Alarm at rise in seizures of illegal veterinary drugs at UK borders

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Hormones, steroids and antibiotics intended for use on dogs, horses, pigeons and farm animals intercepted by officials

Vet Susanne Lier looks through her medicine cabinet A vet checks through her drug supplies on a farm visit. There has been a sharp rise in seizures of veterinary medicines being brought into the country illegally. Photograph: Dpa Picture Alliance/AlamyA vet checks through her drug supplies on a farm visit. There has been a sharp rise in seizures of veterinary medicines being brought into the country illegally. Photograph: Dpa Picture Alliance/Alamy

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The government has been urged to open an investigation into illegal imports of veterinary drugs, after the number seized at the UK border increased dramatically last year.

The Veterinary Medicines Directorate, the executive agency that regulates animal drugs, seized more than 40 different illegal medicines in the year to March 2021, compared with just one in 2019, one in 2018 and three in 2017.

Many of the packages were addressed to residential premises and came from as far afield as Australia, India, South Africa and Thailand. Some contained enough medicine for hundreds of doses.

It is an offence to import veterinary medicines without a licence in the UK and, while most of the medicines seized by border officials were not banned substances, many were prescription drugs that could provide a public health danger if not used responsibly.

Among the drugs seized were hormones, steroids and a number of different antibiotics intended for use on a wide range of animals, including dogs, horses, pigeons and food-producing animals.

Cóilín Nunan, scientific adviser to the Alliance to Save Our Antibiotics, a body made up of health and food organisations aiming to tackle antibiotic resistance, said it has been clear for years that illegal imports were happening but the true scale is still not known.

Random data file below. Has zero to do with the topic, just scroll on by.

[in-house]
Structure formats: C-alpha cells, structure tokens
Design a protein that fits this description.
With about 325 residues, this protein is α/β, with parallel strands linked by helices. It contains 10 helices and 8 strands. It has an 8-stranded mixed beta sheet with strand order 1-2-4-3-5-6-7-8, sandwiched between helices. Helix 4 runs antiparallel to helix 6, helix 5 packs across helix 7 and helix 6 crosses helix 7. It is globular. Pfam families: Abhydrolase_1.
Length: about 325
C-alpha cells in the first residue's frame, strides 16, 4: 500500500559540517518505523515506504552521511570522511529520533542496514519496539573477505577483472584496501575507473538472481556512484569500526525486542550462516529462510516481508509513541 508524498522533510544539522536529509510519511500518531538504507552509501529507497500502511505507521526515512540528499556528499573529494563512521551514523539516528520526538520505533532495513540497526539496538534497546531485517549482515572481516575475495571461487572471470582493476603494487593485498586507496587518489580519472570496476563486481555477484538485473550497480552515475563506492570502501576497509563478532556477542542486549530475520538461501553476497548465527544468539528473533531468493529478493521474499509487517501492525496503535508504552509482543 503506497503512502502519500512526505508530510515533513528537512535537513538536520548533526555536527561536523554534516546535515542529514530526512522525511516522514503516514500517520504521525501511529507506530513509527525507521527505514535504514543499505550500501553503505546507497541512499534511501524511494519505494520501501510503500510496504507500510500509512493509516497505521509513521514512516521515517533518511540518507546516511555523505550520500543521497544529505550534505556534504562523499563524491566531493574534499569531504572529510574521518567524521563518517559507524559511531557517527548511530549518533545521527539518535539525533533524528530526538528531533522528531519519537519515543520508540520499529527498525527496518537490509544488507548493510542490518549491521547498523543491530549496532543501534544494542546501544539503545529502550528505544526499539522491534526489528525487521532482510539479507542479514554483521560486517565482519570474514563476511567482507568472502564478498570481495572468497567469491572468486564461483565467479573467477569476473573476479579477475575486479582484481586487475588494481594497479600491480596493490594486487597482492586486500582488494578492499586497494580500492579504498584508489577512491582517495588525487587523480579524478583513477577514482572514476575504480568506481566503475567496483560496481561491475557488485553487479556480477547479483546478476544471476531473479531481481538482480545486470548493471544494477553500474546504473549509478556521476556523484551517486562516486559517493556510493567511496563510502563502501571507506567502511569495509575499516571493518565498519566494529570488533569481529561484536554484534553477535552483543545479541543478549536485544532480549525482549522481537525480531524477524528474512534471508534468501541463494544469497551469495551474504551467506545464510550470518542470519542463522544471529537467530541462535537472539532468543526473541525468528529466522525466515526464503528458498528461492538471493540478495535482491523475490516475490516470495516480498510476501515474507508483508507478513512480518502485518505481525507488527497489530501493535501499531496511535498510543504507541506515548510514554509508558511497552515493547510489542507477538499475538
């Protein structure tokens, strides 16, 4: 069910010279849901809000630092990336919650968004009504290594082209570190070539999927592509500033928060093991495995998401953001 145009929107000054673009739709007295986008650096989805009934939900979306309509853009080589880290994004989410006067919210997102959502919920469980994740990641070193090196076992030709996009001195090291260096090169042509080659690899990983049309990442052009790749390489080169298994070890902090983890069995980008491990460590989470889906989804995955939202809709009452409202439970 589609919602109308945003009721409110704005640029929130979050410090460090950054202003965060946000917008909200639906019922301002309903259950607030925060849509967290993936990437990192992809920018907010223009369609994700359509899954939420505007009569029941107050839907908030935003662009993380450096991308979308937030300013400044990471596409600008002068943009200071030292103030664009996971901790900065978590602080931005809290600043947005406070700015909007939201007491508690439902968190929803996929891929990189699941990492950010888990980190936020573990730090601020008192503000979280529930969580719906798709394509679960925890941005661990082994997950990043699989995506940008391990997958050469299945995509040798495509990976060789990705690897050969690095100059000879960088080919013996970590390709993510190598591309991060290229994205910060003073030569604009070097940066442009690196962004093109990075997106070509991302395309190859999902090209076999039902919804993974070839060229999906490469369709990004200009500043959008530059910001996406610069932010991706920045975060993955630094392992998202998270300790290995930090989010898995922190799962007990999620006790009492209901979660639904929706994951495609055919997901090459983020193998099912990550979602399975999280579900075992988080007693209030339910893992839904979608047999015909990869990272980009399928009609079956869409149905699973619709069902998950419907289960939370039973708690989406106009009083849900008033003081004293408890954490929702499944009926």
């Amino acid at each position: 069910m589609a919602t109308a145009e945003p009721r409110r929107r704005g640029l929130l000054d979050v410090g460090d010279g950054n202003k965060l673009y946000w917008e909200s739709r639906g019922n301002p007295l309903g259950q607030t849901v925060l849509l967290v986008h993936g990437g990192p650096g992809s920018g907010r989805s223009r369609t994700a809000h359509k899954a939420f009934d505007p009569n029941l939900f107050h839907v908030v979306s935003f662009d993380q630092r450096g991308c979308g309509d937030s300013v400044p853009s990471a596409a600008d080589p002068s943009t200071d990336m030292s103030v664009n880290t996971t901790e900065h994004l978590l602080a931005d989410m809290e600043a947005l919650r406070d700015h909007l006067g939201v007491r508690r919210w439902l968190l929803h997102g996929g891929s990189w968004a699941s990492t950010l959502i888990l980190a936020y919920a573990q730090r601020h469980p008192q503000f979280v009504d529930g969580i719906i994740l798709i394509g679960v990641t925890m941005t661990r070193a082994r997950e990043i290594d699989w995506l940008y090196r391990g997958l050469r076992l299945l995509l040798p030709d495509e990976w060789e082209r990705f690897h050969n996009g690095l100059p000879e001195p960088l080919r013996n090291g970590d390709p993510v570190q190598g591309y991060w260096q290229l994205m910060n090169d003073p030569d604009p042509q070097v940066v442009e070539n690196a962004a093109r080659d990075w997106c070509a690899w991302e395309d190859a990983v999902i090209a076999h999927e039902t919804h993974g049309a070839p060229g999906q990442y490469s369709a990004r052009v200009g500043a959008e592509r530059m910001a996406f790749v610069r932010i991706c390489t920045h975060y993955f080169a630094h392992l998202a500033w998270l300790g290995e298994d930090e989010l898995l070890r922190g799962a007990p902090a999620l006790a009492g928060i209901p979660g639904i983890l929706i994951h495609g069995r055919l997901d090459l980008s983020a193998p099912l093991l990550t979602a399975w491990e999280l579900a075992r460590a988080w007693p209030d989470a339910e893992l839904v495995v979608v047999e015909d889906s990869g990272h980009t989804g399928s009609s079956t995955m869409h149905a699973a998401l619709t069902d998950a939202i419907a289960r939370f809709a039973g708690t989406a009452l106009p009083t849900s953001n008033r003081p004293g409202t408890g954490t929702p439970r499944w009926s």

He said: “Illegal imports are a concern, particularly if this means that antibiotics are being imported and used without a veterinary prescription. It’s particularly irresponsible to be importing high-priority critically important antibiotics illegally, or to be importing drugs that are banned from all veterinary use in the UK.”

The numbers seized are extremely small in comparison with the total number of veterinary drugs prescribed in the UK, but as some were uncovered during routine “spot checks”, there is no way of knowing how many illegal medicines are slipping through border controls.

Nunan added: “If The Department for Environment, Food and Rural Affairs (Defra) has evidence that illegal imports of veterinary drugs are increasing, they should launch an investigation to determine the scale of the problem and to find out why this is happening, and how it can be stopped.”

One of the packages seized in 2017 contained enrofloxacin, not itself used in human medicine, but a class of antibiotics listed as high-priority critically important in human medicine.

The antibiotic, which is part of the fluoroquinolone family, is licensed for use in poultry in the UK, but a voluntary ban has been in place across the industry since 2016, though it is still widely available in other parts of the world.

A package seized in June last year contained doxycycline, another antibiotic that vets are avoiding prescribing where possible, to help tackle antibiotic resistance.

The British Veterinary Association president, James Russell, said even one medicine brought into the UK illegally is “one too many”.

“These are the high-priority critically important antimicrobials. We as a veterinary profession are working so hard to move away from those, and to protect those for human health.

“Antimicrobial resistance is a growing threat, and left unchecked could be one of the biggest threats to humanity by 2050. There’s a key role of veterinary surgeons, not just in the UK but everywhere, which is being the gatekeepers and the custodians of medicines, and we do that through responsible prescribing.”

Some drugs are more tightly restricted in food-producing animals to avoid them entering the human food chain. In some cases animals, for example milking cows, need to be taken out of the food chain while being treated – something that is usually tightly monitored by farmers and vets.

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Defra denied there had been a rise in the amount of illegal veterinary medicines entering the UK and said the rise in seizures was down to a closer working relationship between the Veterinary Medicines Directorate and Border Force.

A Veterinary Medicines Directorate spokesperson said: “We work closely with the UK’s Border Force to ensure illegal veterinary medicines don’t enter the country. This includes briefing operational hubs across the UK to help them to better identify and seize illegal veterinary medicines at the border.

“It is this close working relationship that has led to a rise in the number of illegal veterinary medicines seized, and we continue to work hard alongside them to stamp out such criminal practices.”

Border Force said it was determined to crack down on illegal imports, and that officers were highly trained to detect smuggling.

It would not comment on the effectiveness of its spot checks or clarify how packages were inspected, citing security, but it said most checks were conducted according to risk levels or intelligence.

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